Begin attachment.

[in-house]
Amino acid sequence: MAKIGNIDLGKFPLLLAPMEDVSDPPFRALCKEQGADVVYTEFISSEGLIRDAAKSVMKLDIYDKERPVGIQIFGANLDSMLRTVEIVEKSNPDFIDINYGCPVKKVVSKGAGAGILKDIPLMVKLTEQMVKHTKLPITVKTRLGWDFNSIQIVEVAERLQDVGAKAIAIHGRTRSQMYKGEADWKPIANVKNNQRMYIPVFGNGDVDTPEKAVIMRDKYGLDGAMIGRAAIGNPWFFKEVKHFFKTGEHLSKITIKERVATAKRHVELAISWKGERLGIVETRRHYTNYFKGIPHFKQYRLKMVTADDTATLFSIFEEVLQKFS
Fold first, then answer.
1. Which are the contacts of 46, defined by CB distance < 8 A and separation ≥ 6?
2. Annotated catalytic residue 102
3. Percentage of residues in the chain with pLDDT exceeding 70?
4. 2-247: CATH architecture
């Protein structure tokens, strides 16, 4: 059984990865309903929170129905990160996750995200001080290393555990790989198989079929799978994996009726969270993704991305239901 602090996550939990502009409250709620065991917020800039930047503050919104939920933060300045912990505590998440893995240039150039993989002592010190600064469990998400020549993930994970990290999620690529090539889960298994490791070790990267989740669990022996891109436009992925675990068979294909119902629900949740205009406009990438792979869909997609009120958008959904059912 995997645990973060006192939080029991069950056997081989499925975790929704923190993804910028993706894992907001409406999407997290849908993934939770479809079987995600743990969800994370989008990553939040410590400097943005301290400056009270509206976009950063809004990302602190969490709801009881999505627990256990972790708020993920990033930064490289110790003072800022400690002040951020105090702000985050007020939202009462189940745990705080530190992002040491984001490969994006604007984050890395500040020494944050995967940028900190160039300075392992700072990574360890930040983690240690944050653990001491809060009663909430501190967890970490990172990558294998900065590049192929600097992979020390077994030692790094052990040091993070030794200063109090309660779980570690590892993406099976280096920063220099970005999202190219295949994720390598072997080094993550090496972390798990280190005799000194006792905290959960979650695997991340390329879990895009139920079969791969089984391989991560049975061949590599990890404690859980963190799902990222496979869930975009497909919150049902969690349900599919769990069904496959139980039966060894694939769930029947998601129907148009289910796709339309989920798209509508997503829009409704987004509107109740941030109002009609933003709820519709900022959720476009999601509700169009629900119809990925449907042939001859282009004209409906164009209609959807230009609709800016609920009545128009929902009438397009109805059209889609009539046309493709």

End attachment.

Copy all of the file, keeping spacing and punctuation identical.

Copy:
[in-house]
Amino acid sequence: MAKIGNIDLGKFPLLLAPMEDVSDPPFRALCKEQGADVVYTEFISSEGLIRDAAKSVMKLDIYDKERPVGIQIFGANLDSMLRTVEIVEKSNPDFIDINYGCPVKKVVSKGAGAGILKDIPLMVKLTEQMVKHTKLPITVKTRLGWDFNSIQIVEVAERLQDVGAKAIAIHGRTRSQMYKGEADWKPIANVKNNQRMYIPVFGNGDVDTPEKAVIMRDKYGLDGAMIGRAAIGNPWFFKEVKHFFKTGEHLSKITIKERVATAKRHVELAISWKGERLGIVETRRHYTNYFKGIPHFKQYRLKMVTADDTATLFSIFEEVLQKFS
Fold first, then answer.
1. Which are the contacts of 46, defined by CB distance < 8 A and separation ≥ 6?
2. Annotated catalytic residue 102
3. Percentage of residues in the chain with pLDDT exceeding 70?
4. 2-247: CATH architecture
């Protein structure tokens, strides 16, 4: 059984990865309903929170129905990160996750995200001080290393555990790989198989079929799978994996009726969270993704991305239901 602090996550939990502009409250709620065991917020800039930047503050919104939920933060300045912990505590998440893995240039150039993989002592010190600064469990998400020549993930994970990290999620690529090539889960298994490791070790990267989740669990022996891109436009992925675990068979294909119902629900949740205009406009990438792979869909997609009120958008959904059912 995997645990973060006192939080029991069950056997081989499925975790929704923190993804910028993706894992907001409406999407997290849908993934939770479809079987995600743990969800994370989008990553939040410590400097943005301290400056009270509206976009950063809004990302602190969490709801009881999505627990256990972790708020993920990033930064490289110790003072800022400690002040951020105090702000985050007020939202009462189940745990705080530190992002040491984001490969994006604007984050890395500040020494944050995967940028900190160039300075392992700072990574360890930040983690240690944050653990001491809060009663909430501190967890970490990172990558294998900065590049192929600097992979020390077994030692790094052990040091993070030794200063109090309660779980570690590892993406099976280096920063220099970005999202190219295949994720390598072997080094993550090496972390798990280190005799000194006792905290959960979650695997991340390329879990895009139920079969791969089984391989991560049975061949590599990890404690859980963190799902990222496979869930975009497909919150049902969690349900599919769990069904496959139980039966060894694939769930029947998601129907148009289910796709339309989920798209509508997503829009409704987004509107109740941030109002009609933003709820519709900022959720476009999601509700169009629900119809990925449907042939001859282009004209409906164009209609959807230009609709800016609920009545128009929902009438397009109805059209889609009539046309493709």